4 Engaging Alternatives to Value Scales

If you ask students to choose one skill they’d like to improve; chances are, the majority will say drawing. Whether students come across a drawing time-lapse video on Instagram or see you or another classmate with out-of-this-world skills, they’re envious. And, they want to be able to create similar drawings instantly! So many of your students long to draw realistically, but what they don’t realize is drawing takes practice. Just as an athlete or a musician improves their craft through practice, drawing requires the same.

When it comes to drawing, teaching the foundation is vital. Our students must first learn how to observe and to see. For thousands of years, artists have been practicing this skill through observational drawing exercises, so we know it works. Another key to drawing is teaching our students to identify light. Teaching students to shade to create the illusion of three-dimension isn’t always easy. The concept of value is easy to understand, but for beginning students, it can be challenging to apply those skills to their drawings.

If you’re looking for ways to go beyond filling in the squares on a value scale, these 4 lessons will do just that.

1. Value Layers Exercise

value layers exercise

When exploring value through drawing, it is crucial for students to learn pencil control. This lesson is an excellent way for students to experiment with different drawing pencils and learn best practices like how to hold the pencil and how to apply appropriate pressure. To start, students draw and cut out a shape to use as a stencil. They will then use that stencil to trace layers that will get darker in value.

Here is a breakdown of the layers using a 5×7 inch piece of paper:

  • Layer 1: Trace stencil 5-7 times and fill in using the lightest value
  • Layer 2: Trace stencil 3-5 times overlapping behind the first layer. Fill in with a light-medium value.
  • Layer 3: Trace stencil 3-5 times overlapping behind the first and second layers. Fill in with a medium-dark value.
  • Layer 4: Fill in any remaining white spaces in the background with the darkest value.

Depending on the paper and stencil size, the layer numbers will vary. Trying a value lesson like this will allow students to see a value scale differently.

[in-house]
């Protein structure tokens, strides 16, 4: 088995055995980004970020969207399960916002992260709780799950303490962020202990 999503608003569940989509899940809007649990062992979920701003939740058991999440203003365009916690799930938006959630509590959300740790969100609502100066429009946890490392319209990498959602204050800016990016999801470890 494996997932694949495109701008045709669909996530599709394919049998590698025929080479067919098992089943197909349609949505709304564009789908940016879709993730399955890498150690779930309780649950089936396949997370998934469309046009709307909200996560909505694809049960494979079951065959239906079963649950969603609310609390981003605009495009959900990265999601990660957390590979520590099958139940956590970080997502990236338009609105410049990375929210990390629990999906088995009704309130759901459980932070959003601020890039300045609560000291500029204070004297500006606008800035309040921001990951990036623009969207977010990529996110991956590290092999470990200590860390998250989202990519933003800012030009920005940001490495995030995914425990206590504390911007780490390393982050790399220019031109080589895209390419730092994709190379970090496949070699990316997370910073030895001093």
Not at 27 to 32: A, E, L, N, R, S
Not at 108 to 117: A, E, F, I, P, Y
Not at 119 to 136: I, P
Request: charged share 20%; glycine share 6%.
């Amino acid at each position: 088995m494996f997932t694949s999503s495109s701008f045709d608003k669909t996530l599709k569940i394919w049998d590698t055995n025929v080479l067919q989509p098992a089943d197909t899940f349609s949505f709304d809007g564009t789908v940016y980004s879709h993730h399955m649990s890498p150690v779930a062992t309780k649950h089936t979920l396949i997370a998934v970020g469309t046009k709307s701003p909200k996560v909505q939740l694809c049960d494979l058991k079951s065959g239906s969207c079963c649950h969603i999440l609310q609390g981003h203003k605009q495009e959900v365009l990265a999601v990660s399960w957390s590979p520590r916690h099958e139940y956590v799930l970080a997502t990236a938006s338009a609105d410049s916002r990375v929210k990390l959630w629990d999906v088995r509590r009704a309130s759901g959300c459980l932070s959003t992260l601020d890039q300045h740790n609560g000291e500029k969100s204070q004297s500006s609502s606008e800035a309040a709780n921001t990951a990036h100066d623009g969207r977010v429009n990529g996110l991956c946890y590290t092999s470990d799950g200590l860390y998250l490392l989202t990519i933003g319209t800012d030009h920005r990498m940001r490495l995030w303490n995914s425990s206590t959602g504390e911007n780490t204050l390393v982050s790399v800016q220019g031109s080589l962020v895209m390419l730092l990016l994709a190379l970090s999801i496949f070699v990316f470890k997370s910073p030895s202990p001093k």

If you’re looking for even more tips about developing students’ drawing skills, don’t miss the Teaching the Building Blocks of Drawing Learning Pack. Among other things, you’ll explore techniques to help with realistic and observational drawing and discover new lessons for beginning, intermediate, and advanced students!

2. Shattered Value Drawings

student shattered value drawings

This lesson serves as an excellent stepping stone before you begin grid drawing with your students. Start by drawing a subject on the page using contour lines only. Next, divide the drawing into sections using shapes and lines. As a result, the line will appear to shatter the drawing, making it look like a giant puzzle. Encourage your students to get creative with this part! In each shape, students will use a full range of values to fill it in. It is best to treat the positive space slightly different than the negative space.

The best part about a project like this is students are focusing on small sections at a time and are not overwhelmed or worried about making their drawing appear realistic. As a result, students will create a value filled drawing with a cubist-inspired feel!

3. Photo Scavenger Hunt

color photo and black and white photo of present bows arranged by value

When students first learn about value, they generally work in grayscale, or perhaps with a monochromatic color scheme. So, when students are asked to work with value using multiple colors, it can become challenging.

One way to help students see how the values of different hues relate to one another is through photography. Have your students find and arrange objects of different colors from the lightest value to the darkest value. Then, have them snap a photo using a tablet, phone, or other digital camera. After they take the photo, have them check to see how they did by making the photo black and white. This mini-lesson is an excellent way to introduce your students to comparing values and color.

4. Oil Pastels Blended with Baby Oil

oil pastel technique

As mentioned above, it typically seems that value and drawing are viewed as a package deal. However, exploring value using different mediums can be beneficial for your students. Try using oil pastels and baby oil together. This process will teach students how to blend values to create a seamless transition. It takes far less time than practicing with pencil and will help students gain confidence in their skills more quickly.

Teaching value does not need to be confined to a dull value scale. Even though we know our students want immediate results when it comes to drawing, it’s important they understand it takes practice and time. The next time you teach value to your students, keep one of these four lessons in mind!

What is your favorite way to teach value?

With which concepts of drawing do your students struggle?

Abby Schukei

Abby is a middle school art teacher in Omaha, NE. She focuses on creating meaningful experiences for her students through technology integration, innovation, and creativity.


  • Great examples – I have done a little exercise where they use different weight/size type/font found in magazines or newspapers to use as value either in a drawing (advanced class) or in a traditional value scale.

  • Amber Kane

    These are great! I especially liked the idea of having students line up objects and then take a photograph.